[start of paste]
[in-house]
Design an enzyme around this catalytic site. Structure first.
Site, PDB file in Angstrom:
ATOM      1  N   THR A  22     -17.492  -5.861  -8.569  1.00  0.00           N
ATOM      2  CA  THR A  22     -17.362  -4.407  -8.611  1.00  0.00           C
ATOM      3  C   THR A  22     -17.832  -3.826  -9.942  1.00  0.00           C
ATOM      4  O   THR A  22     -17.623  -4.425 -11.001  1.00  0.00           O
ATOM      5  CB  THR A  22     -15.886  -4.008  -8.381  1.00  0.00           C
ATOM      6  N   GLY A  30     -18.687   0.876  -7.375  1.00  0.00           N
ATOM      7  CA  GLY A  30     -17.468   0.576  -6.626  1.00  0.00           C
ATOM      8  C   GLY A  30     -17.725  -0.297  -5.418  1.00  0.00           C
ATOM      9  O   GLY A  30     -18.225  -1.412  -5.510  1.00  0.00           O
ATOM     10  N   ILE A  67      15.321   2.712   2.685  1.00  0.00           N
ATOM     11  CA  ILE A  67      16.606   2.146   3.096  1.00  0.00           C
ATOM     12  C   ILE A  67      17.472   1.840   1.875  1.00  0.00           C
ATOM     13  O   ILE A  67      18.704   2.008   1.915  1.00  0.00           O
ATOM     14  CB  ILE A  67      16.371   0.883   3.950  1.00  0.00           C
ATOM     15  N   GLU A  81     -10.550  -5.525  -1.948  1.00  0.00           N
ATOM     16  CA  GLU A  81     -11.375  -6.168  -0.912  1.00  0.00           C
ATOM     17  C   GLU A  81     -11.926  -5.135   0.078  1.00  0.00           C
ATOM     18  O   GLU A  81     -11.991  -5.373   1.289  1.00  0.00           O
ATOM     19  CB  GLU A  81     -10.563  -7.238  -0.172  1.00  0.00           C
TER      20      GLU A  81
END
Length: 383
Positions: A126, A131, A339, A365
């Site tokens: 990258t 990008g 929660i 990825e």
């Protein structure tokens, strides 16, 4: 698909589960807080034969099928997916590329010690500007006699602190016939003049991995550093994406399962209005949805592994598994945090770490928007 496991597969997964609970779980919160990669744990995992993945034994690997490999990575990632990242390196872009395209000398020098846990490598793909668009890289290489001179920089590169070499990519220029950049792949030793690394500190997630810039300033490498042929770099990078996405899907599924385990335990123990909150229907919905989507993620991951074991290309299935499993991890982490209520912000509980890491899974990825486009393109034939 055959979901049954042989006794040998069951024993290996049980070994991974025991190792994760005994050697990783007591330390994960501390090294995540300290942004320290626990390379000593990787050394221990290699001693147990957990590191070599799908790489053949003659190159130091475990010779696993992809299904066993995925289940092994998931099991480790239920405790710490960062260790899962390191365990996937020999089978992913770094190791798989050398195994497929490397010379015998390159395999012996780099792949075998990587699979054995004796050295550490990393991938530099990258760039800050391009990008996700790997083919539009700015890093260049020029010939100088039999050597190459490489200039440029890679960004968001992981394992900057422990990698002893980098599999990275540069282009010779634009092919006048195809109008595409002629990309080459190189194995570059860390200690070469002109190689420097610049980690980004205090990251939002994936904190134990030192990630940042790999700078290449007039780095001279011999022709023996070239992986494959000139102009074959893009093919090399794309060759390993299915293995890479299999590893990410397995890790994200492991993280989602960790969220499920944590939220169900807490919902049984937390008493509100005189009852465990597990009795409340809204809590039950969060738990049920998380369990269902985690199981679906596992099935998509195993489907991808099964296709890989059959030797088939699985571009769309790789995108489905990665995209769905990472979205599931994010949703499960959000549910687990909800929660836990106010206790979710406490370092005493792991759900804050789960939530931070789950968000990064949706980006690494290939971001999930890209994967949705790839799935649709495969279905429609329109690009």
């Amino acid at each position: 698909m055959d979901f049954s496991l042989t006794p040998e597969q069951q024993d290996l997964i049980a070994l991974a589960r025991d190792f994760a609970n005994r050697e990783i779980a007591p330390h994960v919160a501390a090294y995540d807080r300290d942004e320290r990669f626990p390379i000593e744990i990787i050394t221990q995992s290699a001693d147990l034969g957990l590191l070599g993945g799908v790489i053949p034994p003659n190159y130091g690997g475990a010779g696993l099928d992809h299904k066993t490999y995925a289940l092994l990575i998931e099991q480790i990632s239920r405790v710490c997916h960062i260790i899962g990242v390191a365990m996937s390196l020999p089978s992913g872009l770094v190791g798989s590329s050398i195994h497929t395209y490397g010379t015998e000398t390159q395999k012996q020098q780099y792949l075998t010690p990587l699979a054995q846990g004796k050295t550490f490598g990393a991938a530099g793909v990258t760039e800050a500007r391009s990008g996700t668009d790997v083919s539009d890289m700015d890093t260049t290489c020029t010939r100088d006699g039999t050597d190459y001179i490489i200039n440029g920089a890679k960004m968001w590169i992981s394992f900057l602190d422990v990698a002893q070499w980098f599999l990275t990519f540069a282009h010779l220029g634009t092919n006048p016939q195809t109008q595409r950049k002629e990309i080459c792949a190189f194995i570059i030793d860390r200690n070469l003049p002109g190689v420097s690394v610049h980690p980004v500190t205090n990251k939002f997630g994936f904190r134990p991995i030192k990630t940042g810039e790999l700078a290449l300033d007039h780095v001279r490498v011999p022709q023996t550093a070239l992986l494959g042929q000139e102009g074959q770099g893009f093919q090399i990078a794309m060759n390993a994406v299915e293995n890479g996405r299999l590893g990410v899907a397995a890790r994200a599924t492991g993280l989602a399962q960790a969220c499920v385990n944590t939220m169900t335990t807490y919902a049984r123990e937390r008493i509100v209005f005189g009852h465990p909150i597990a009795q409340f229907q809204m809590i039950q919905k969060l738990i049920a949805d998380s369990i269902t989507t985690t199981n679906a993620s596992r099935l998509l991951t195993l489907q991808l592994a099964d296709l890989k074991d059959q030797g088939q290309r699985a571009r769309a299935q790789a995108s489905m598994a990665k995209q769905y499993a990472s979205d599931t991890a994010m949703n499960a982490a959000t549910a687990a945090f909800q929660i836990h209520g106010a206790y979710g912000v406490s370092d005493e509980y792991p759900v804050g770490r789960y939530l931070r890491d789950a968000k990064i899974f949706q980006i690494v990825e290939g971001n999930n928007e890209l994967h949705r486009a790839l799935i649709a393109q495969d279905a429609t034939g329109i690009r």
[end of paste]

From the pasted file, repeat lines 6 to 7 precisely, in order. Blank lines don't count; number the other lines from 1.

ATOM      3  C   THR A  22     -17.832  -3.826  -9.942  1.00  0.00           C
ATOM      4  O   THR A  22     -17.623  -4.425 -11.001  1.00  0.00           O